Farmers and other stakeholders trained on Agroecology in Western Region

The Western Regional Director of Agriculture, Mr Patrick Kowuah, has called for an innovative approach to farming due to decreasing yields in farm produce, low soil moisture, disturbance of the soil structure and climate change.

He said farmers, small or large scale, could not continue to farm using approaches that were very detrimental to the environment.

He stressed the need to go back to the traditional model of farming where soil cover was protected and land fertility was not destroyed with chemicals.

“We must continually feed generations and so the duty to maintain a healthy environment…we are to produce food in a friendly environment and not at the detriment of the environment,” he added.

The Director of Agriculture was speaking at a two-day workshop organized by the Peasant Farmers Association for farmers, District Agriculture Directors, Media and other stakeholders in the sector.

Western Regional Director of Agriculture, Mr Patrick Kowuah speaking to the media

The workshop exposed participants to rudiments of Agroecology, where farming was done either on a small or large scale using conventional methods with little or no disturbance to the soil structure.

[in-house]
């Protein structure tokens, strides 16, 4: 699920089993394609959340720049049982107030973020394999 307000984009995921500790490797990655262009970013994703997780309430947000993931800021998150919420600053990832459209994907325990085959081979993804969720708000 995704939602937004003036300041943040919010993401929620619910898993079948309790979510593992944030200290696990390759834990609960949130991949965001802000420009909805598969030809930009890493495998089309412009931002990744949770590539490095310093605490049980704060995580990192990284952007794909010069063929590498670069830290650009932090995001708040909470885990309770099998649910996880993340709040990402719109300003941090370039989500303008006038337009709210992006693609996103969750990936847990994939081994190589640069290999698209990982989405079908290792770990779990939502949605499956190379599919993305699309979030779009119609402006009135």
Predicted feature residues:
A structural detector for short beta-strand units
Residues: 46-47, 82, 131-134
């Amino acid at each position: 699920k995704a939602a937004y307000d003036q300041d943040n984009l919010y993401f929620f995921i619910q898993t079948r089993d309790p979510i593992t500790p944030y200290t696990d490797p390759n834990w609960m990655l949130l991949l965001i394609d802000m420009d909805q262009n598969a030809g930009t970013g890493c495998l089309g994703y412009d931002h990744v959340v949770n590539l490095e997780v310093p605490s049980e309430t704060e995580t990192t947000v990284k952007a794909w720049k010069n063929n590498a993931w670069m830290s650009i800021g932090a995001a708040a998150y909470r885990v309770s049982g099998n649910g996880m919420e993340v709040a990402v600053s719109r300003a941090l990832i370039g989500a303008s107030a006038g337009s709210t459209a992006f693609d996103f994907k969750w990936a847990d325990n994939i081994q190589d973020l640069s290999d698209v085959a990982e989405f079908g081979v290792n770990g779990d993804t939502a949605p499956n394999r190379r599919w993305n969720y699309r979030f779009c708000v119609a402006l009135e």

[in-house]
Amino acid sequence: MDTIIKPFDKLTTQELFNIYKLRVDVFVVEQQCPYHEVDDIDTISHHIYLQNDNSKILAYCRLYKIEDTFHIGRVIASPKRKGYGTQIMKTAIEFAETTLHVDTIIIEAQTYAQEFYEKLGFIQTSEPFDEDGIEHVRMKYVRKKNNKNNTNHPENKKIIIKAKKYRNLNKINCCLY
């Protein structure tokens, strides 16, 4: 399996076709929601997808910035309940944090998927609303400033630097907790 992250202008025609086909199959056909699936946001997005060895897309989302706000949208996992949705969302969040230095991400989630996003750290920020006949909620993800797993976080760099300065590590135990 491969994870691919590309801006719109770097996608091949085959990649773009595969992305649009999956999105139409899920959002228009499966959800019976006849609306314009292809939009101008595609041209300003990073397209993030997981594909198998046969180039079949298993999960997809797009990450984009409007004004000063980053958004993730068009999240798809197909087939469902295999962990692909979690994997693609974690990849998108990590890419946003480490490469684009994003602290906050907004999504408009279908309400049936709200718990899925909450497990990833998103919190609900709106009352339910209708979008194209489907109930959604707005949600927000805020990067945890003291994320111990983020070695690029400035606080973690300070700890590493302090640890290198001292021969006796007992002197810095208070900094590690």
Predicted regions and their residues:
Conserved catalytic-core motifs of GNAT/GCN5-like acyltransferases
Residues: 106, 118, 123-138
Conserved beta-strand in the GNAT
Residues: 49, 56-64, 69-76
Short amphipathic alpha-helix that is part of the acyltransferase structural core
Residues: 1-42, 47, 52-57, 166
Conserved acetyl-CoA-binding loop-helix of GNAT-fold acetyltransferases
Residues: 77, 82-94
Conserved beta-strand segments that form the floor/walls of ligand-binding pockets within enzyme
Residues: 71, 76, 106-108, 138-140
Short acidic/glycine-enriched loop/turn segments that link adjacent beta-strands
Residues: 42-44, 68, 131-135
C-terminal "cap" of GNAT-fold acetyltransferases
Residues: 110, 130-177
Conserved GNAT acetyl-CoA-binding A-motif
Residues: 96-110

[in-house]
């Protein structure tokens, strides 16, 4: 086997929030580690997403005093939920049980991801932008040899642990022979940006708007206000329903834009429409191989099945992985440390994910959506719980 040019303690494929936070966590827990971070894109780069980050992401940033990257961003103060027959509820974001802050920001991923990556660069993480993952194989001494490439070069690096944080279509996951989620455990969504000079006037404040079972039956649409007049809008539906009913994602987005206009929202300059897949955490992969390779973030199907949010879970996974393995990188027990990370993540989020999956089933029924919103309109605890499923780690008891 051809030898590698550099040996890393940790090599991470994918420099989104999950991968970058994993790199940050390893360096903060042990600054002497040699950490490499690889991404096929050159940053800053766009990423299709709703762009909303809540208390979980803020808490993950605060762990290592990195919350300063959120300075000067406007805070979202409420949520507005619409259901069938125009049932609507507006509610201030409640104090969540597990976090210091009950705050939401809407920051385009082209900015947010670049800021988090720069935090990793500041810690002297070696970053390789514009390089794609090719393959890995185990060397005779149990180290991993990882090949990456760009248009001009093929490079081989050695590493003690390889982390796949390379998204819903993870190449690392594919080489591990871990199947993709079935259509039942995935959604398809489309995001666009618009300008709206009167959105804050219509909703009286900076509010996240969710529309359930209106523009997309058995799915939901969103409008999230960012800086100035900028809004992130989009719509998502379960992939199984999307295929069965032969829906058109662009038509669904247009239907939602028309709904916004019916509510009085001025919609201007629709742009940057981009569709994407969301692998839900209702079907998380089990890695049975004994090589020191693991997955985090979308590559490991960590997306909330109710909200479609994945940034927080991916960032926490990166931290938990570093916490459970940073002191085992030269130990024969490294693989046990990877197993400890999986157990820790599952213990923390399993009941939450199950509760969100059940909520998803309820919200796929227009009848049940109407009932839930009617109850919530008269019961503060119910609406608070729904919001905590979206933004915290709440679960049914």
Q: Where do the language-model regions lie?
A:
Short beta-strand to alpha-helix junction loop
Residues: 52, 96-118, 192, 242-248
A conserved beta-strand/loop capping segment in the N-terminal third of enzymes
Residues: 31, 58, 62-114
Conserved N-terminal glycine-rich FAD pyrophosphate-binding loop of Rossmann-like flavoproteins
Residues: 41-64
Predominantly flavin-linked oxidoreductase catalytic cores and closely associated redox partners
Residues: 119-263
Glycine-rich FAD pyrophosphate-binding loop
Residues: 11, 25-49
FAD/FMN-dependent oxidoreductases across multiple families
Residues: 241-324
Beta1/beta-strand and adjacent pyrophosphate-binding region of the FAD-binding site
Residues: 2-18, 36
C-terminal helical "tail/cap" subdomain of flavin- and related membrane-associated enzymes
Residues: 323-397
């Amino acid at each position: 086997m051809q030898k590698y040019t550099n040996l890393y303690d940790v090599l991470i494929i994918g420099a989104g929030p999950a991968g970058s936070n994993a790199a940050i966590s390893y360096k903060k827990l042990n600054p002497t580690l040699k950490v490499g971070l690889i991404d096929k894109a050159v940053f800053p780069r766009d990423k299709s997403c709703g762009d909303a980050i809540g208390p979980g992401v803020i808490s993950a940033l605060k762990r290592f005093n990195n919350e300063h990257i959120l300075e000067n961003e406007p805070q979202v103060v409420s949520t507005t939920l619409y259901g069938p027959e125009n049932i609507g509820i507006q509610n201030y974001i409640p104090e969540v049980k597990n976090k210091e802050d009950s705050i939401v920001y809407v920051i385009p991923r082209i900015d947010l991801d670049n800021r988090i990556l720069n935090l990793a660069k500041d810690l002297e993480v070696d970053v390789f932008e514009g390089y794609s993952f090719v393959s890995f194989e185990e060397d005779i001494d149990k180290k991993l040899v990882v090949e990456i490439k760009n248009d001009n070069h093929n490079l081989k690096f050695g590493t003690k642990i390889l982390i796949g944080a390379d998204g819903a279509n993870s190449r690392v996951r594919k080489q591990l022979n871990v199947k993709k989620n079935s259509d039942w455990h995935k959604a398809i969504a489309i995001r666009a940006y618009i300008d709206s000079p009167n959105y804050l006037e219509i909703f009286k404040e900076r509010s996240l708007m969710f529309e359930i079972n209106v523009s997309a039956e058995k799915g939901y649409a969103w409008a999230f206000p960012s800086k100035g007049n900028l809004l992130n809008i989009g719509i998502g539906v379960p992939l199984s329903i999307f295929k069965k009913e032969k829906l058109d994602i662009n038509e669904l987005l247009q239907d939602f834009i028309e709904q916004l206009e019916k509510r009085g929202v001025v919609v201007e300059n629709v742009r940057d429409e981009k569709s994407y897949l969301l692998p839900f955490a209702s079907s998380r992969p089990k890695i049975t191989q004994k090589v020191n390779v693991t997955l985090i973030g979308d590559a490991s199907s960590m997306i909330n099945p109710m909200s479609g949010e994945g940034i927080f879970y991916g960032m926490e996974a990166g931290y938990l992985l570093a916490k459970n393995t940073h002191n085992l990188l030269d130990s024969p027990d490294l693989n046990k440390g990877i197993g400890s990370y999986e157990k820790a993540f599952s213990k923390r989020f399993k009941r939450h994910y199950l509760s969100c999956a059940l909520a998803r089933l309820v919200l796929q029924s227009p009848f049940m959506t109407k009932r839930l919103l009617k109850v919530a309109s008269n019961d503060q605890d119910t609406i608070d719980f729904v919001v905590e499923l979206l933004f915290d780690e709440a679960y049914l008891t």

Agroecology employs farming methods such as crop rotation, intercropping, application of manures among others as against bush burning, and excessive ploughing of the land.

Dr. Kofi Boa, a research scientist and practitioner of Agroecology, said the sustainability of produce hinged on the quality of land and described bush burning for Agriculture activities as the cruellest decision any mankind could think of.

“Burning farmlands is wickedness. You kill soil nutrients and thus make it unproductive over time,” he added.

He said Agroecology is sustainable and could also be done on a large scale and urged farmers to clear any misconception about the practice.

“We have equipment to help even on 100 to 1000 acres of land.”

Dr. Boa, therefore, urged farmers to adopt sustainable farming practices to help save the environment.

Dr. Charles Kwowe Nyaaba, the Executive Director and Head of Programmes for the Peasant Farmers Association, organisers of the workshop, said the ultimate aim was to create agroecology hubs across the country as an indicator that such practices were relevant to modern day farming.

He said the project with support from Open Society Initiative for West Africa, 11th Hour project and the Joint Action for Farmers’ Organisations in West Africa (JAFOWA) have selected Jomoro, Shama, Sefwi Wiawso for its pilot projects.

Dr Nyaaba said, “We believe that such actions may in future influence policy for more attention to be turned to Agroecology.”

He lauded the government for helping the sector and appealed for more funds for activities, especially in fighting bush burning.

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